‘Make the Call’ to halt meth rise in South Australia

CALL US: Andrew Thiele and Freddy Bartlett are urging people to 'Make the Call'.
CALL US: Andrew Thiele and Freddy Bartlett are urging people to 'Make the Call'.

Police and Crime Stoppers SA are asking people to provide any information to help arrest methamphetamine dealers and stop the rise in use across regional South Australia.

Crime Stoppers SA has launched the ‘Make the Call. Cut the Supply. Stop the Hurt’ campaign encourages people to anonymously provide information to assist police investigations.

The fourth National Wastewater Drug Monitoring Program report was released on April 5 and showed methamphetamine consumption was on the rise in regional South Australia.

Crime Stoppers SA board member Freddy Bartlett said meth use in South Australia had tripled in the last four years, with nearly half of meth related deaths happening in rural or regional locations.

Eyre and Western Local Service Area officer in charge, Superintendent Andrew Thiele, said drugs were an ongoing issue across the region, which made it important for people to speak up.

“The use of drugs is quite prevalent in Port Lincoln and throughout the Eyre and Western LSA,” he said.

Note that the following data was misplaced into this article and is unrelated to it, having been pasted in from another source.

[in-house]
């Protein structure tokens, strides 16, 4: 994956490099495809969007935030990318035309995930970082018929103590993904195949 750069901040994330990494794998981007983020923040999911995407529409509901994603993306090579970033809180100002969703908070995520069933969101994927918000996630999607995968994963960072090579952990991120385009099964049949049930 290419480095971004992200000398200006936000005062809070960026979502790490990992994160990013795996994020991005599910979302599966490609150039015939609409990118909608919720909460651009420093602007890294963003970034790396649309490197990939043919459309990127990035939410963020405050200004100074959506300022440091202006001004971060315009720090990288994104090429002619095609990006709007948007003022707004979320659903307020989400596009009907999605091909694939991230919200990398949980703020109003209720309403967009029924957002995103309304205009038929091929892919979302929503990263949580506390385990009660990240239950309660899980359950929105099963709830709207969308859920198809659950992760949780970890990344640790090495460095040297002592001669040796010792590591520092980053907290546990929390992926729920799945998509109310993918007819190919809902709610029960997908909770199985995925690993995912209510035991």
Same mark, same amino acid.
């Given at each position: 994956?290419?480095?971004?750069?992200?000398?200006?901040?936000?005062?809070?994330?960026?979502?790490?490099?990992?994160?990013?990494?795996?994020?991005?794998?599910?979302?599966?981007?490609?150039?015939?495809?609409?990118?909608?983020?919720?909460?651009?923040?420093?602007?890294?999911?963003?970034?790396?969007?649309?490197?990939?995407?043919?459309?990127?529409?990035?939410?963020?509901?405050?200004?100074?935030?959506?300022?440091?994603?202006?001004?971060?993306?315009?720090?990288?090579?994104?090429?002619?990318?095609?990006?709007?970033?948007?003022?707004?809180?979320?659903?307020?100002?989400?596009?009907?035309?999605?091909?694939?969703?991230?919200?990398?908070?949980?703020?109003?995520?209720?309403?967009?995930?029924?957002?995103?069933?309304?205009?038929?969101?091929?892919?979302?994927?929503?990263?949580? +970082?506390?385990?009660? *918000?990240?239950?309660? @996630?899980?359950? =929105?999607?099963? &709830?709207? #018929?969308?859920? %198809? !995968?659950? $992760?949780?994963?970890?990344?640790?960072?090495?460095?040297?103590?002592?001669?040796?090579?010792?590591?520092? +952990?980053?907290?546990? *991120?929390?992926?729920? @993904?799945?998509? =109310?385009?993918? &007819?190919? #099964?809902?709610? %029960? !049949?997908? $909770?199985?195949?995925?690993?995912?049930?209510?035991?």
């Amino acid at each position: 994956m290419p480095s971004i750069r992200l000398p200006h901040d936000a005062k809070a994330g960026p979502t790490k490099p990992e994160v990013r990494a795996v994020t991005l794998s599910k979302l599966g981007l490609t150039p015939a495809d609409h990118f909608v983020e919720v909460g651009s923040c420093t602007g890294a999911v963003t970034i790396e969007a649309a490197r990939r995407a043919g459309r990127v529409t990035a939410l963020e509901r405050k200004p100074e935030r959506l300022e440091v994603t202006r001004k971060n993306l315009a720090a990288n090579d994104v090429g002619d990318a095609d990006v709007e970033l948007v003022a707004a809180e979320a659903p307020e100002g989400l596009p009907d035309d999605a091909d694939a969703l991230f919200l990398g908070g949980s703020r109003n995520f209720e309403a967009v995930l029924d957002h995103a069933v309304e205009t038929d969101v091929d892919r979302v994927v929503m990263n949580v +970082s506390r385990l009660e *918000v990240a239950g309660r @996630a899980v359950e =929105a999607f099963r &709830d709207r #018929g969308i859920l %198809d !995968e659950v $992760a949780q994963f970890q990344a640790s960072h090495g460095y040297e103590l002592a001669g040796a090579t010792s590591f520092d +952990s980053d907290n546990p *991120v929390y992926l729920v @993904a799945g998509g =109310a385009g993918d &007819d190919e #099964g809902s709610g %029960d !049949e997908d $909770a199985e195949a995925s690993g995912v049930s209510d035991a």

“Any information you may think is innocuous can be part of the puzzle we need to incriminate a person.

“At the end of the day it is not only a police problem, it is a police problem, a health problem and a community problem.”

People are urged to look for signs of a possible meth lab, such as improvised heating and cooling mechanisms, unusual chemical smells, little or no traffic at a property during the day but frequent traffic at night, windows blackened out or extra effort to reinforce doors and windows, or hoses and pipes coming out of windows or doors.

Mr Bartlett said it was not just street dealers who were a problem as Australia had now moved behind the Netherlands in getting drugs online.

“The campaign is really targeting street dealers and dealers through the dark net,” he said.

Anyone who spots any suspicious behaviour can anonymously call Crime Stoppers SA on 1300 333 000.